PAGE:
Taxpayers could use some of that
The banks are back in the serious money. Hurrah!
Well, hurrah if you're not a saver being ripped off on your bank deposit account, with near-zero interest rates in the face of 5% inflation. Or a borrower paying through the nose for a meagre sliver of credit. As long as you're a banker, you can afford a very loud hurrah indeed.
But bank shareholders, surely they ought to be cheering as well. And that includes us taxpayers, because we're still sitting on all those bank shares.
Just as a reminder - in case you'd somehow forgotten - we currently own not just the Crock, but also 27.6 billion (yes, I did say BILLION) shares in Lloyds, and an astonishing 90.6 billion shares in RBS.
The question is why aren't we selling them yet?
We've blogged this before. Not only does the government have no business owning commercial banks, but the price of these things has moved right back up again. Indeed, Lloyds is now back above our 72.2 pence average purchase price - we're actually in profit!
Tyler's fag packet says that at current prices our stakes in Lloyds and RBS are worth £68bn. Money we could use immediately to reduce our gigantic national debt.
Hold on because bank share prices are bound to head even higher?
My friend, if you feel that way, my strong advice is to remortgage your house and family and snap up some RBS shares while stocks last.
The truth is that nobody has the faintest idea where bank shares are heading. And governments should not be in the business of punting around in the equity market with our money.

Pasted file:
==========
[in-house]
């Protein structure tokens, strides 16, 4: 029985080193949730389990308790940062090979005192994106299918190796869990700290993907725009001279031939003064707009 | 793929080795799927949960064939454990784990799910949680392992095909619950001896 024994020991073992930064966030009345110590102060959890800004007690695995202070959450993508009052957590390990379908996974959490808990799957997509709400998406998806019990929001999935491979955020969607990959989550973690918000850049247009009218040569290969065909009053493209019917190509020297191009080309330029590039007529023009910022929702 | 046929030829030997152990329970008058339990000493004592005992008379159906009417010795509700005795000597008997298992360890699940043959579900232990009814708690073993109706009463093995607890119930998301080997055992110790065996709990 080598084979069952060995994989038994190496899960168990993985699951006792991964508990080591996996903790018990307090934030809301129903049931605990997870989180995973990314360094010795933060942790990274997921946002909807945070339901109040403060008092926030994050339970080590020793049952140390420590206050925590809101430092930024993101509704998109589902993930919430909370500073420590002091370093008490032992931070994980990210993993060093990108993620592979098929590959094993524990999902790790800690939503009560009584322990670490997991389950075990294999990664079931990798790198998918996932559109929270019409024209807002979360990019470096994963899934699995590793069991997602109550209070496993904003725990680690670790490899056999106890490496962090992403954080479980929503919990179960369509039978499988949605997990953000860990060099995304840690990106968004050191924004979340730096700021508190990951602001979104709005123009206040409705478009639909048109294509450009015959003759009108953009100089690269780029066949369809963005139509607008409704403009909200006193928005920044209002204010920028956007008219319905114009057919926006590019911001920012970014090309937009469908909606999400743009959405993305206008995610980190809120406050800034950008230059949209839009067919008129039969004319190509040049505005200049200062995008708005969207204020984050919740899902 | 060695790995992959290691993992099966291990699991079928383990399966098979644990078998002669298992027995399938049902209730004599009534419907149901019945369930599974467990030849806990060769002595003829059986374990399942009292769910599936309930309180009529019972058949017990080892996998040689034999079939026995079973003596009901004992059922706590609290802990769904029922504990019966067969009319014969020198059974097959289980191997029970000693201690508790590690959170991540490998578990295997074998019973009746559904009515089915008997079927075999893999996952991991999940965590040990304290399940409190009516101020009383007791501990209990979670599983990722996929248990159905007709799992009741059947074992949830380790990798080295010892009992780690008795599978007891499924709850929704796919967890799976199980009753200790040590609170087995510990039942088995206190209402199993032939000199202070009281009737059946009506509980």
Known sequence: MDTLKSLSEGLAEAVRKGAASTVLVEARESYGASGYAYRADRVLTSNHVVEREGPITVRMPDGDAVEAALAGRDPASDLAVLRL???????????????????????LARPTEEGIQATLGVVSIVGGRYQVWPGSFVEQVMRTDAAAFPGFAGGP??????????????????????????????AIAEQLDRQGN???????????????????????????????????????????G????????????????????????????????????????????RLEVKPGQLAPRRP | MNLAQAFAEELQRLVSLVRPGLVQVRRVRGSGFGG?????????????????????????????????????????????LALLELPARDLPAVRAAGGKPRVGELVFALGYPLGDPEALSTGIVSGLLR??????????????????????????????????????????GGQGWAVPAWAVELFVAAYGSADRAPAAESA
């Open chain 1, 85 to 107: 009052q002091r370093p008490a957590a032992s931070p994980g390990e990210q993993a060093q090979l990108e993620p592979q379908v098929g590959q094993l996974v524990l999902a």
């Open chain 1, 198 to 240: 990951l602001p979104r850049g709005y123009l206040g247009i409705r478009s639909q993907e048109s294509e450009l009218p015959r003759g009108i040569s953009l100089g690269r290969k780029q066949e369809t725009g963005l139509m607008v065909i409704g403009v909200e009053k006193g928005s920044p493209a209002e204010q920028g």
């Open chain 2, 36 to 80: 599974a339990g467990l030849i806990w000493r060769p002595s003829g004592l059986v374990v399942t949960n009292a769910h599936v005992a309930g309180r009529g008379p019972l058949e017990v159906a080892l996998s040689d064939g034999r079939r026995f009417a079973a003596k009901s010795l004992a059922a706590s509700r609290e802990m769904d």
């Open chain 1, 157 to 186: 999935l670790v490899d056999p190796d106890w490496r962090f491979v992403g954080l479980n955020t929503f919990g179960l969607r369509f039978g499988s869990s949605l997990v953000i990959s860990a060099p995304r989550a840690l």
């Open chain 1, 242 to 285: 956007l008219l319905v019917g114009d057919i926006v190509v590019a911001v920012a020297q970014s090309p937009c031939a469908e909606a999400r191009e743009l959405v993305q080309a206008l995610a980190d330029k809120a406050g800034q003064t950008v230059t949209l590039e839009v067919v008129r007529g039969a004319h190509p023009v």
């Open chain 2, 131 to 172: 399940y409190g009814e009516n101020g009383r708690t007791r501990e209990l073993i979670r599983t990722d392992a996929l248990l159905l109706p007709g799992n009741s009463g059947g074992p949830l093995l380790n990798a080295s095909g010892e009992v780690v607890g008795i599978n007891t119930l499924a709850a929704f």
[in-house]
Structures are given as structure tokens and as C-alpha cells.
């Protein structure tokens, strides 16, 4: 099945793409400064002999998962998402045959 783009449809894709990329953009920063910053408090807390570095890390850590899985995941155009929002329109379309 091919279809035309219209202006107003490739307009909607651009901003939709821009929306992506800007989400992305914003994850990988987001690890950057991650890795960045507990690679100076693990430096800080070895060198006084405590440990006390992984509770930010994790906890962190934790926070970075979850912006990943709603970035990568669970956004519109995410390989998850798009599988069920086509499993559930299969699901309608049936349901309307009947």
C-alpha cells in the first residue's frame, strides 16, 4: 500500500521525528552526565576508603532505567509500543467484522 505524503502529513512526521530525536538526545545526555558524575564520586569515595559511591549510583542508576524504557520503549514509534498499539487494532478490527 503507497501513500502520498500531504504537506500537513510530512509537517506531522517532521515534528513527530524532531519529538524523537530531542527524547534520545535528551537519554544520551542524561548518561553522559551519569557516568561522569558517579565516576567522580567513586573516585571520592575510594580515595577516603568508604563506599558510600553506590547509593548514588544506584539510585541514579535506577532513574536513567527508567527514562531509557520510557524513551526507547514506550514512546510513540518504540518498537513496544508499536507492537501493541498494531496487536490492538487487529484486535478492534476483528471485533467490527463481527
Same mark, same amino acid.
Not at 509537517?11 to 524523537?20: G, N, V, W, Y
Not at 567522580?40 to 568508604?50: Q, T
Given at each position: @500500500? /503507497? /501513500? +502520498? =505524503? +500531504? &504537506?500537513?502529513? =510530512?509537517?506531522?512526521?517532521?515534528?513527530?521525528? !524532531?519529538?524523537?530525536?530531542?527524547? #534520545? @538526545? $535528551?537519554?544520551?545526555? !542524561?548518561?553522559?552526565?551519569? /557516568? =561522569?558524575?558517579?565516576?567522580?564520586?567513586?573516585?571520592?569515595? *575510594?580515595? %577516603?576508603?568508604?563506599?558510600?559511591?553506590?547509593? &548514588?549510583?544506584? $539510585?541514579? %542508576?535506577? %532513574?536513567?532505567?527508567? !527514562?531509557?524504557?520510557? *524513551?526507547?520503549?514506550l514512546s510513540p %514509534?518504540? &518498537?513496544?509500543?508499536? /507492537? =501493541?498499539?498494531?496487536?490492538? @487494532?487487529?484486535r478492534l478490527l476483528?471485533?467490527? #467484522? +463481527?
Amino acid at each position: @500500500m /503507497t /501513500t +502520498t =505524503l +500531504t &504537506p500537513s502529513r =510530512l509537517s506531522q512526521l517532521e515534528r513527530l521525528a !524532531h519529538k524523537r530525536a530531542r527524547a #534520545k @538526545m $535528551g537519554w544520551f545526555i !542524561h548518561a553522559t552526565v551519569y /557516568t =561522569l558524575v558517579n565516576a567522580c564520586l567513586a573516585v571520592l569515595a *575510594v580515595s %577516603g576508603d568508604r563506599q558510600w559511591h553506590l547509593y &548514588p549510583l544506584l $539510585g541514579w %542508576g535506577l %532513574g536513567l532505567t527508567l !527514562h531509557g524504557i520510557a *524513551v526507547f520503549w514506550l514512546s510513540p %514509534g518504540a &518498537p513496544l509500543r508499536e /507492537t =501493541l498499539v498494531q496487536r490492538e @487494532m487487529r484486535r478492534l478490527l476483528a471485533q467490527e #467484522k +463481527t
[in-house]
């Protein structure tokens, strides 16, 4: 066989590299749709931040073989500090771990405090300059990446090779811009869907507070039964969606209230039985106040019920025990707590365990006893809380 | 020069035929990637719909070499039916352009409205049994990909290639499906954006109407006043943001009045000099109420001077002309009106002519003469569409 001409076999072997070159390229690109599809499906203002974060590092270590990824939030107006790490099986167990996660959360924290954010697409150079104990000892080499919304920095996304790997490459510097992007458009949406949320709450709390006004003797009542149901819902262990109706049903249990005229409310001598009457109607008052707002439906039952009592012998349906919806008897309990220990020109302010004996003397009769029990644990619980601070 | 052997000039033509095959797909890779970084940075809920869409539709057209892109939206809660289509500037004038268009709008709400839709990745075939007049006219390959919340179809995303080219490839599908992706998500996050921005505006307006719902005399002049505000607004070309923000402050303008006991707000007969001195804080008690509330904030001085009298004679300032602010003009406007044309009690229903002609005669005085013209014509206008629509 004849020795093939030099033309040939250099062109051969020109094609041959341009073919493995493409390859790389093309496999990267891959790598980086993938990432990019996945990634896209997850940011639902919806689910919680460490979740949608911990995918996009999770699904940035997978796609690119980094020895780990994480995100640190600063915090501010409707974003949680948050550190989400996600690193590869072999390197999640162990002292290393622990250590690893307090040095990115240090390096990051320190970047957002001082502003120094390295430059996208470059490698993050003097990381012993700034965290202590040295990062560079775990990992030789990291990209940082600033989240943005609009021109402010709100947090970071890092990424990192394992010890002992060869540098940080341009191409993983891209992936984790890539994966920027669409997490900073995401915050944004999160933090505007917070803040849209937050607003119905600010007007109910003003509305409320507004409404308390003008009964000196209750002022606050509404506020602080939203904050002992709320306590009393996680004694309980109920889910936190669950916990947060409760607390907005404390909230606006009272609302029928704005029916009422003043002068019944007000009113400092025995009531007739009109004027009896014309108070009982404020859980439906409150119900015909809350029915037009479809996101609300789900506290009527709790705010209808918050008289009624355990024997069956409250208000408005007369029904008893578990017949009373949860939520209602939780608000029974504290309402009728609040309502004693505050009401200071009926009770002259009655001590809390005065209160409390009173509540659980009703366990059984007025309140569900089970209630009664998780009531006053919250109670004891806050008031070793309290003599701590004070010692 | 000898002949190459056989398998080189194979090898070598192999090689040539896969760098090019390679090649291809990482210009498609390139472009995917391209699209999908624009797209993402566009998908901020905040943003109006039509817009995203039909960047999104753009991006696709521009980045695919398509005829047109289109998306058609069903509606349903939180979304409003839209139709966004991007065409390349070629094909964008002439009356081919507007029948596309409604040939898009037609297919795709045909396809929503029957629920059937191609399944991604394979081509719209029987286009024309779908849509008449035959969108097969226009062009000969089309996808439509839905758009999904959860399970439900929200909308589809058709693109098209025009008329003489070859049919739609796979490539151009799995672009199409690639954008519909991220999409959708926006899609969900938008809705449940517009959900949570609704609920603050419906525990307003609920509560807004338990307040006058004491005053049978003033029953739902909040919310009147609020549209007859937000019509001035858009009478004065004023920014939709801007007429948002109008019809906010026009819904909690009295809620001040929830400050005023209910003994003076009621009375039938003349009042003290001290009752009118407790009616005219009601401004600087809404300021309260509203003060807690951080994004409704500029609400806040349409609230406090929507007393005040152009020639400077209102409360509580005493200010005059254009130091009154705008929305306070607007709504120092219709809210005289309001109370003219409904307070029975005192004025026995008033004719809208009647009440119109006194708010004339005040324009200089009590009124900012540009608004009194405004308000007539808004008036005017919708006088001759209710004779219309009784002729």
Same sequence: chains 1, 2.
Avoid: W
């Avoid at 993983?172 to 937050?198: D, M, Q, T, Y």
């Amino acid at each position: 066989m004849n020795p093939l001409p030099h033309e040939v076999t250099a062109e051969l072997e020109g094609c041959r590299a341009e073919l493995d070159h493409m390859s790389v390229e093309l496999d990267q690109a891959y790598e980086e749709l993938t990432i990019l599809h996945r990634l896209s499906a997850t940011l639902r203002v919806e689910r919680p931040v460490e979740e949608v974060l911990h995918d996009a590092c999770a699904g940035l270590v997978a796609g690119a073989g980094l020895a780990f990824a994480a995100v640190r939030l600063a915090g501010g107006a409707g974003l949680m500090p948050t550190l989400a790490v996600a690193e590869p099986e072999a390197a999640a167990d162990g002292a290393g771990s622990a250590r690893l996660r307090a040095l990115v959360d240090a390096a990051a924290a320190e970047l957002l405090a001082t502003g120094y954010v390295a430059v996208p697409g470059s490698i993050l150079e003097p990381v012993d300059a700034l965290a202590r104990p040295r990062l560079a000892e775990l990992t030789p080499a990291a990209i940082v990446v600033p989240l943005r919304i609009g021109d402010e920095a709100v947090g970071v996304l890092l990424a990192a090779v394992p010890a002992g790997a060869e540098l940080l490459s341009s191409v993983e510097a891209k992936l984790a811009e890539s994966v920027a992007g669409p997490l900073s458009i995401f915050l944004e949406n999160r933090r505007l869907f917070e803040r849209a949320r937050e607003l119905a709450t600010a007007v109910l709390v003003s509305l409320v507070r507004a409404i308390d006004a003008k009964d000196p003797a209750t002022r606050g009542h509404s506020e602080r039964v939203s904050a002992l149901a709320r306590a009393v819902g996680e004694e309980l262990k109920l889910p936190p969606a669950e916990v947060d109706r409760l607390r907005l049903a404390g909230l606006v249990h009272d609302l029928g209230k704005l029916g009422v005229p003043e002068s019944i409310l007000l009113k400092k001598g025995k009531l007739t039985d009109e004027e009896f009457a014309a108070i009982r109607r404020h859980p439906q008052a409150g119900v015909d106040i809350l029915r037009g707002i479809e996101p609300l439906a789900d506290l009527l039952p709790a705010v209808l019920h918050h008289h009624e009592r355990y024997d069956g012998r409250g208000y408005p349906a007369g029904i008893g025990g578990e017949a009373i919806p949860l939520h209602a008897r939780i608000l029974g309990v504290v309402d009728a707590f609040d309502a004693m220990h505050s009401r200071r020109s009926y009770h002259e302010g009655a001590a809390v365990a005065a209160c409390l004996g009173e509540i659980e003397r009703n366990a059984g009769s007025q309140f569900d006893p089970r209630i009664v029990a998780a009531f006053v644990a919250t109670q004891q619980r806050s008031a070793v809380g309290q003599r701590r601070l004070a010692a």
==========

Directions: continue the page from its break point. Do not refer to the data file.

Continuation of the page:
Tyler is now taking a few days break.
But as a parting shot, let's just note the public appeal to help victims of the catastrophic floods in Pakistan (you can donate here).
Obviously we all want to help. But most of all we want our government to get emergency relief out there fast.
Is DfID up to that?
Why does it always seem that serious help takes so long to organise and arrive on site? Disaster zones seem to be crawling with western TV reporters long before the official relief effort finally gets into gear.
As we've blogged several times, the vast bulk of DfID's £7bn budget goes not on humanitarian relief of the kind they're dying for right now in Pakistan, but on economic development where the evidence of success is virtually non-existent (eg see this blog). The priorities seem entirely wrong.
It makes Tyler angry.